It would be easy to think, based on general media coverage, that salt was one of the biggest enemies you can face in the search for a healthy diet.
Funnily enough, my mother – who, as a physiotherapist, had first to undertake basic nursing training – has always found the advice on cutting salt to be contrary to what they were told.
The thinking then was that you would consume as much salt as your body required.
Of course, that was at the end of the 1940s and was before these halcyon days of vast amounts of processed foods stuffed with hidden salts and sugars.
Indeed, a few years ago, I read comments from a GP who was visited by a lady who was worried about her husband.
He apparently put what she thought was a lot of salt on his meal at dinner.
The doctor stressed that that was not a problem: the problem was those hidden salts.
Now I eat very little processed food. And I’m careful about how much I use in cooking – some in, say, casseroles etc, and some in potatoes, pasta or rice, but little else. I’d rather add later – sometimes as a specific garnish, as the French do with fleur de sel.
However, in the last week, there have been no starchy carbs – the weather ensures I have no inclination for them. So, a pretty much perfect diet from the perspective of salt advice.
Yesterday, an hour or so after a light lunch – some left-over boerevors and salad – I felt exhausted; really shattered.
The germ of an idea occurred to me.
I’d had no caffeine for several days, as a measure against dehydration in this hot weather (and I am not complaining about the weather, by the way).
I’d also been making more than usually sure that I was drinking plenty of water – probably little less than two litres by that stage yesterday afternoon.
So, all-round sensible stuff, combined with not spending too much time in the direct sun.
The inkling was really quite simple, although on the surface, slightly less sensible. I suddenly had the sense that I wanted – no: that I needed – salt, so I picked up a bag of ‘salty and sweet’ popcorn, into which I tossed extra salt, together with a can of diet Pepsi for the zip of some caffeine.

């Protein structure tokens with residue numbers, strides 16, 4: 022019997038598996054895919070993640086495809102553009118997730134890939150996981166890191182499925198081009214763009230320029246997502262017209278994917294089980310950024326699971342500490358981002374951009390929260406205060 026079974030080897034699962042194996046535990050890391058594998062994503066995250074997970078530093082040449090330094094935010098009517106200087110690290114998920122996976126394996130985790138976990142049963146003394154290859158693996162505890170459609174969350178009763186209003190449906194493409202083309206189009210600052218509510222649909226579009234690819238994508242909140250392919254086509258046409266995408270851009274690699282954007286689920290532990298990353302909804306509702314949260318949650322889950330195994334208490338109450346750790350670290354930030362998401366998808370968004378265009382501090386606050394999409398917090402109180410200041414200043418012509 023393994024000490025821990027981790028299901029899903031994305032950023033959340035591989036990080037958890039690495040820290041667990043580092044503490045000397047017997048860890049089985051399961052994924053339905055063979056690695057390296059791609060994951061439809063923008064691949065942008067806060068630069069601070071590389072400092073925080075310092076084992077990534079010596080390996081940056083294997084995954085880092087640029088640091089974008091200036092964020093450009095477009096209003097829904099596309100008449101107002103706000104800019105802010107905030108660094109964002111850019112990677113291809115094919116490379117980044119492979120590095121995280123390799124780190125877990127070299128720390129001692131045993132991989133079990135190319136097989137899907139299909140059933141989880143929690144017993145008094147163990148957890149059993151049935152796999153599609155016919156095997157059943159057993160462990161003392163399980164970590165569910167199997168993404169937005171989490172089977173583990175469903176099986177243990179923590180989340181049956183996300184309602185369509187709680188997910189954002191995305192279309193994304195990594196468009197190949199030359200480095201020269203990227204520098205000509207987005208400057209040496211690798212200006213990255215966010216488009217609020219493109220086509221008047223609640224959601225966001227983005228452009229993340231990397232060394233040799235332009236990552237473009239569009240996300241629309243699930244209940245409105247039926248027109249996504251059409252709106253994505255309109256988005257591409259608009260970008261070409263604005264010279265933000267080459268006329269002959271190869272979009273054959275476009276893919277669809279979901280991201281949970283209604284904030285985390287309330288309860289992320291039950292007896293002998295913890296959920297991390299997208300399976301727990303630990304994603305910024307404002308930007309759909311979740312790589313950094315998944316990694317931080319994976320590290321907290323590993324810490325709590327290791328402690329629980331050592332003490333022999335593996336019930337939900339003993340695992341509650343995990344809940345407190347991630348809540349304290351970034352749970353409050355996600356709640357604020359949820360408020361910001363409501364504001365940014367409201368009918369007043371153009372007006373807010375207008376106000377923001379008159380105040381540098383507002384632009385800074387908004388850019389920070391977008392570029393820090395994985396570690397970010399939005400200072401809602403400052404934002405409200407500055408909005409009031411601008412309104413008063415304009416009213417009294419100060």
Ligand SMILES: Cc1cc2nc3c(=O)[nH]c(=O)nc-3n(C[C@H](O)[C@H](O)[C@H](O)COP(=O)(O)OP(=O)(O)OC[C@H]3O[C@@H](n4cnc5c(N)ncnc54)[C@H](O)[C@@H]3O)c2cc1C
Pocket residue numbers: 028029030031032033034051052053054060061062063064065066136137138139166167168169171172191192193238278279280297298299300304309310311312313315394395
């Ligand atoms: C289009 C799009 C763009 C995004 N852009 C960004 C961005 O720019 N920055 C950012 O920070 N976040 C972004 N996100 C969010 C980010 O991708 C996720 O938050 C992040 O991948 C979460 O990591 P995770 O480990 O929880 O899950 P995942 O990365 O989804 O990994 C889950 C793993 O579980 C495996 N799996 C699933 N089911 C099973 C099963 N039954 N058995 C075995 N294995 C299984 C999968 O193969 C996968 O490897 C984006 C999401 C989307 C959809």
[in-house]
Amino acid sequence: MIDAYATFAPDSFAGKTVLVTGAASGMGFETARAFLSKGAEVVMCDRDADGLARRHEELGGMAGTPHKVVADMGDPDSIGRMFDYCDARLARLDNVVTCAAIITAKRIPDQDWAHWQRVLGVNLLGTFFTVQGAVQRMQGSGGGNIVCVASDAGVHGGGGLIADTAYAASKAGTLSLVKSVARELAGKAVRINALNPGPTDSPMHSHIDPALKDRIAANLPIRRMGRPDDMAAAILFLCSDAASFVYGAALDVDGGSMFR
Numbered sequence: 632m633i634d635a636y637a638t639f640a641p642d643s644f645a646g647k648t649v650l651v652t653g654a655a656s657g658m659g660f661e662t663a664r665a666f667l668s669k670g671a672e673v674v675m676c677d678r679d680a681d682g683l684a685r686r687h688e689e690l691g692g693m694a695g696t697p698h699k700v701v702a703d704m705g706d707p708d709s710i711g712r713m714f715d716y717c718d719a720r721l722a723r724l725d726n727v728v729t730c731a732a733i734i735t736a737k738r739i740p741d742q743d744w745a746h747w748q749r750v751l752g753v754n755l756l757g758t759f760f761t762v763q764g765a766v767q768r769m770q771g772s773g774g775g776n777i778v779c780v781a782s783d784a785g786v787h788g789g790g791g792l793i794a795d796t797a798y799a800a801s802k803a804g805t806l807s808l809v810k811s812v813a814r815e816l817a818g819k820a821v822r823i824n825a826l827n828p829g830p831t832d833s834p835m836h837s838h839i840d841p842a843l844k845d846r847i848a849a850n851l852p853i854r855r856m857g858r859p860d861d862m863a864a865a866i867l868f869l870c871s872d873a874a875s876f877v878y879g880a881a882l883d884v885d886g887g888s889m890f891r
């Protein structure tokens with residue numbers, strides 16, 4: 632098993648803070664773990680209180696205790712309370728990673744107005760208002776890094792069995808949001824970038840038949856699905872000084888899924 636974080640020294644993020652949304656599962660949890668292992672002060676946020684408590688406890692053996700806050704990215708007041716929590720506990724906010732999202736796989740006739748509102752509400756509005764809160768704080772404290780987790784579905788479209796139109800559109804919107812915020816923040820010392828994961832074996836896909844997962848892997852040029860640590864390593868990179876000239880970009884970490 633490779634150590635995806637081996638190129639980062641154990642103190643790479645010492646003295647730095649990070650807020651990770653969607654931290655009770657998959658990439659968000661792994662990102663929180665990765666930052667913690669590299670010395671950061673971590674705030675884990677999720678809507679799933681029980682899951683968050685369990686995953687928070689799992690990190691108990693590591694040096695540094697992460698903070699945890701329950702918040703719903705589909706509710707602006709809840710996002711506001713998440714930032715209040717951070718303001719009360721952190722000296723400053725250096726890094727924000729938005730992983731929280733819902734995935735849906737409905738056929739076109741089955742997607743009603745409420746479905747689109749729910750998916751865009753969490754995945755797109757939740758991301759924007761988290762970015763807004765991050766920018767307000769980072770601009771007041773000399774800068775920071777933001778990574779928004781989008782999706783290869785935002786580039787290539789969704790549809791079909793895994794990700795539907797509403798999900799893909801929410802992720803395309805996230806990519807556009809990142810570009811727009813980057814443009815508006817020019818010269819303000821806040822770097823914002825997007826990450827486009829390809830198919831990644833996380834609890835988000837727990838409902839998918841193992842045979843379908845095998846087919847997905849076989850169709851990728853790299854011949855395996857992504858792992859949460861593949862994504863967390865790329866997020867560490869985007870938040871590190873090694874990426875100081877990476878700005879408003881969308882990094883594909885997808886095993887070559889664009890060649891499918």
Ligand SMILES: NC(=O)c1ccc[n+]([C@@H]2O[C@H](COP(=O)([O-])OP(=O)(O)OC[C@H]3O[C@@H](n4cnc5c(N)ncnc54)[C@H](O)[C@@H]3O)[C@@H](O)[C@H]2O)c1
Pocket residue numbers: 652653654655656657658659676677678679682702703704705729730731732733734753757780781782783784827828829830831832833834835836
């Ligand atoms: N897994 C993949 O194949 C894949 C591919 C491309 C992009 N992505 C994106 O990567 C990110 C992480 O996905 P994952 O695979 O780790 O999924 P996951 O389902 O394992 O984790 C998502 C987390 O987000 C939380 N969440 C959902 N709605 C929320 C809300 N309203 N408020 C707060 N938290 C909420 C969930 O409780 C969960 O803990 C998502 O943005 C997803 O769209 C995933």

Half an hour later, I felt restored.
It seems that, in being so careful, I’d probably flushed away vital salts and minerals over the course of a few days, and not replenished these.
It’s easy to forget, given media coverage of health issues, that salt is essential to our good health.
We need it. It is not an optional extra. We don’t need sugar. But we do need salt.
And perhaps, because I usually have some caffeine in a day, my body was objecting to none.
So today, some caffeine, and a pot of cottage cheese for lunch, to which could be added salt – indeed, it’s bland enough that it benefits fro that, and a twist of pepper. Fruit to follow and plenty more water – this should be more balanced.
In the evening, Nigel Slater’s quick version of that Moroccan classic, chicken with lemons and olives. No rice, but a little salt in the cooking of this, plus, of course, the natural saltiness of the olives.
And at 8pm, I'm still feeling quite lively.
I can’t help but wonder, though, how many other people are experiencing anything similar.
A thought occurs. Some years ago, we were in Barcelona and The Other Half got a mild case of sun stroke. We only really realised when, later that day, he was exhausted and without an appetite, but found himself licking salt off his finger in a restaurant.
Somehow, he realised, with a salt cellar in front of him, that he needed it - and he's not a salt head.
My mother's tutors were probably right. What has changed, I suspect, is simply that the quantity of salt shovelled into processed foods has changed the equation. We need salt. Our bodies know it - and processed food exploits that.
Doesn't make the behaviour of the food industry any nicer, does it?